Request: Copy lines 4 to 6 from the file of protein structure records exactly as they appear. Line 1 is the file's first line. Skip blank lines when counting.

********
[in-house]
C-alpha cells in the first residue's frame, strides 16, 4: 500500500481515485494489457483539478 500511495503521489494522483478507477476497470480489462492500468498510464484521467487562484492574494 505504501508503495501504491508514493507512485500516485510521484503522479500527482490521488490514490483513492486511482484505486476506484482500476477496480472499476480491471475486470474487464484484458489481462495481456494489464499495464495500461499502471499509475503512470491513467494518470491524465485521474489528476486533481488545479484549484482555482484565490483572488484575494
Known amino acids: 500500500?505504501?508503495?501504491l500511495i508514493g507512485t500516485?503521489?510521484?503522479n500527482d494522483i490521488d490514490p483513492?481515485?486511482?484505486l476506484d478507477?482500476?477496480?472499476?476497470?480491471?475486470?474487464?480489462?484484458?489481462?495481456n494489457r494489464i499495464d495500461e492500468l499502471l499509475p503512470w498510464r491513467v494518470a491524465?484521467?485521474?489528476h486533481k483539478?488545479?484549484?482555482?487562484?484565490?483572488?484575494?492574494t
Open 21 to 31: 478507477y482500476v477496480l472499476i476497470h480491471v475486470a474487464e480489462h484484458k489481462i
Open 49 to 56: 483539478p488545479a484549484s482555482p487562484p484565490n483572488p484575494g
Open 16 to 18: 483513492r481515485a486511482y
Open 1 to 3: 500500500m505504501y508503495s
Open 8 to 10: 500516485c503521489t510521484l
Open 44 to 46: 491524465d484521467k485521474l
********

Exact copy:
Open 21 to 31: 478507477y482500476v477496480l472499476i476497470h480491471v475486470a474487464e480489462h484484458k489481462i
Open 49 to 56: 483539478p488545479a484549484s482555482p487562484p484565490n483572488p484575494g
Open 16 to 18: 483513492r481515485a486511482y